Menu

How Do You Market Undeveloped Forested Empty Lots?

August 13th, 2017

Trav on the Northern Oregon Coast says:

I’d love to hear how other photographers plan and shoot undeveloped, forested lots. I am in the Pacific Northwest, and shoot many wooded properties near the ocean. The drone isn’t a fantastic asset, and I tend to shoot ground-level images on overcast days to avoid intense dappling.

How do you approach photography (and video) when faced with dense lots and no structural features? What time of day do you like to shoot? Any awesome examples?

As someone that has shot vacant property, and both bought and sold vacant land I have to say that drones do provide a great way to photograph vacant land because:

  1. Buyers don’t care all that much about what the trees look like from the ground. This may be important in a few rare cases.
  2. Rather, they care about the location of the land in relation to other features; ocean, lakes, streams, hills, and other houses.
  3. They care about where the boundaries (property lines) are.
  4. They care about the land contours. Is it flat? On a hillside? Etc.

It used to be that the only way to get a sense of #2, #3, and #4 above was to use Google Maps or Google Earth but nowadays drones provide a great way to get good stills of vacant property.

What I do is get an aerial view of the property, look up the property lines from the local tax records site, and draw in the property lines on the aerial map.

The big problem with vacant land is communicating to the buyer exactly what it is that’s for sale. Nothing does this better than an aerial view with the property lines drawn on the map.

The image above (click on it to see a bigger view) is a multi-million dollar property on Seattle’s Eastside (near Issaquah, WA) that was marketed and sold with only this photo. This was before drones were available but if I were selling it today I’d be tempted to add a drone video to the marketing.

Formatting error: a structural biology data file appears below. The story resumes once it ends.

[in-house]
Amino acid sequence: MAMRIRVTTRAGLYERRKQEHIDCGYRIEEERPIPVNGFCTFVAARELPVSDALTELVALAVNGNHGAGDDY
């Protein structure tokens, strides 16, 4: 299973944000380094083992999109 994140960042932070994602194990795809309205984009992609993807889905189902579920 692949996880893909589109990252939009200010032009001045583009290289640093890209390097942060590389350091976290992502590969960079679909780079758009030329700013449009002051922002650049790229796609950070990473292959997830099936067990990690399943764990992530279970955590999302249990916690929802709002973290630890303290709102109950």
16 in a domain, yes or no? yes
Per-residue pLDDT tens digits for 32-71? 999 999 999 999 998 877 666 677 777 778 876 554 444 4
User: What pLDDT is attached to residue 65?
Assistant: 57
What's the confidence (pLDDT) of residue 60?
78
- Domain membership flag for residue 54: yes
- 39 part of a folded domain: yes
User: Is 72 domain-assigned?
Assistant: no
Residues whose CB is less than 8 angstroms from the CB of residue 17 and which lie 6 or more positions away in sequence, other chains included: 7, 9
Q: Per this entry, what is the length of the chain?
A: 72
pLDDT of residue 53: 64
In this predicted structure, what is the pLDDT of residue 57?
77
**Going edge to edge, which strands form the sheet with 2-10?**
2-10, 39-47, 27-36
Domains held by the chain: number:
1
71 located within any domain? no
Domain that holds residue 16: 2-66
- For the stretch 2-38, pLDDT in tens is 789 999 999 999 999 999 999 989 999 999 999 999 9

Share this

6 Responses to “How Do You Market Undeveloped Forested Empty Lots?”

  • My objectives are water, pumps, tanks, septic, electricity, power poles, utility box, gates, fences, utility building, survey markers, building site, views, lakes, streams, hills, cliffs, water edge, shot sun streaks through trees, always have big blue skies, intersections to property, property entrance, nearest neighbors from where home can be built, aim straight up to get groves of trees, trails, animals. I have done many in Del Monte Forest, Santa Lucia, Big Sur, Arroyo Seco.

  • I’m out in the desert and one plot of land often looks the same as another. Presently, it costs more to build where I am than the current price for an existing home, so if an agent calls about an uninteresting plot of land, I’ll recommend they not spend the money on having me come out. If it’s a view lot in the local mountains, that’s another matter and I’ll work to show the views more than the land itself. If there are utilities, I don’t see any marketing value of doing any more than marking where they are on a map of the parcel. Community photos might be in order too.